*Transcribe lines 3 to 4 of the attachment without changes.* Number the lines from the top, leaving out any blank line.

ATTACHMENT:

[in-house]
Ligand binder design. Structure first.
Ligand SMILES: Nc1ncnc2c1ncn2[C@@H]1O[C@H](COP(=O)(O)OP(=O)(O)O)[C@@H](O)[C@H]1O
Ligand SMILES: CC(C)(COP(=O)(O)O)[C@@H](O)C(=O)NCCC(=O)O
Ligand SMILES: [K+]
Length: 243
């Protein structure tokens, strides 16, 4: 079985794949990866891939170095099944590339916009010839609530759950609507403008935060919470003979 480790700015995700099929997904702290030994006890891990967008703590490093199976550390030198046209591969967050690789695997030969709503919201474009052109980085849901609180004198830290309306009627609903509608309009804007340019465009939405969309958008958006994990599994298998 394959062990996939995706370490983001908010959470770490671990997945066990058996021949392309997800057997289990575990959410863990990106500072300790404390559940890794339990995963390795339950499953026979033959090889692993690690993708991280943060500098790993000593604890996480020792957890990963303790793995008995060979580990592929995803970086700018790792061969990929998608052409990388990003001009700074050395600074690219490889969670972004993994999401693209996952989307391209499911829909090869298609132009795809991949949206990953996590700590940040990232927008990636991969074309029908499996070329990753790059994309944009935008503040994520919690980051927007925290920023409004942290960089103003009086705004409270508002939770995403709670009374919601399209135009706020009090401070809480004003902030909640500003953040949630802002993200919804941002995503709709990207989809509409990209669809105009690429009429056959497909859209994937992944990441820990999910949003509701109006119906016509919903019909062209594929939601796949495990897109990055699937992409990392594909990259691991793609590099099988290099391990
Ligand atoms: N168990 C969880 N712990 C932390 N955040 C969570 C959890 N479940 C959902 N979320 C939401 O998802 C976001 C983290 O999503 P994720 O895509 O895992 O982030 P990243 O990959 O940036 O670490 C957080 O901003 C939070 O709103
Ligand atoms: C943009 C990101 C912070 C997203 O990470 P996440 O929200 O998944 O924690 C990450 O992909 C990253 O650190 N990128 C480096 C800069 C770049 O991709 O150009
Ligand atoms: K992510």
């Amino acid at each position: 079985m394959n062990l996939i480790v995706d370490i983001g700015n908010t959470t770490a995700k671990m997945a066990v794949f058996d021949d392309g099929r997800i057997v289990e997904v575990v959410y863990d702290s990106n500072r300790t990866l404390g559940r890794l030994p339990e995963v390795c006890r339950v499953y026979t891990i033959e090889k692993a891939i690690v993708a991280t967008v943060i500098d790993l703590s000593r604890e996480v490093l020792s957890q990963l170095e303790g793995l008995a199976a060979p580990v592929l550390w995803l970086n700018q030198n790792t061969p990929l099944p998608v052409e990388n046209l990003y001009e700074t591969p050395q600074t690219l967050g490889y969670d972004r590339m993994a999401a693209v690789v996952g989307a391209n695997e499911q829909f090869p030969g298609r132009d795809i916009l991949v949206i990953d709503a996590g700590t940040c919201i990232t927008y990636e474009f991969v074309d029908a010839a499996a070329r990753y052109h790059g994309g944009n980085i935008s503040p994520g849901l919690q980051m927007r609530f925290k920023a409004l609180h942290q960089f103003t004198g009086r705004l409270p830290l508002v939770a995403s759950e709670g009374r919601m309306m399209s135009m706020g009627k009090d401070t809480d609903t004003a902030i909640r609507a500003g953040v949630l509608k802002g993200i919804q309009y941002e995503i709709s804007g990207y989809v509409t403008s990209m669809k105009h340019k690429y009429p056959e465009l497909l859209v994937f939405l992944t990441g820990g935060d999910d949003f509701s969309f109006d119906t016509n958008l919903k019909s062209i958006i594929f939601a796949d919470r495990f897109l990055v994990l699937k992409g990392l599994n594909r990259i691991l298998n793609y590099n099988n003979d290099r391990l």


Ligand SMILES: Nc1ncnc2c1ncn2[C@@H]1O[C@H](COP(=O)(O)OP(=O)(O)O)[C@@H](O)[C@H]1O
Ligand SMILES: CC(C)(COP(=O)(O)O)[C@@H](O)C(=O)NCCC(=O)O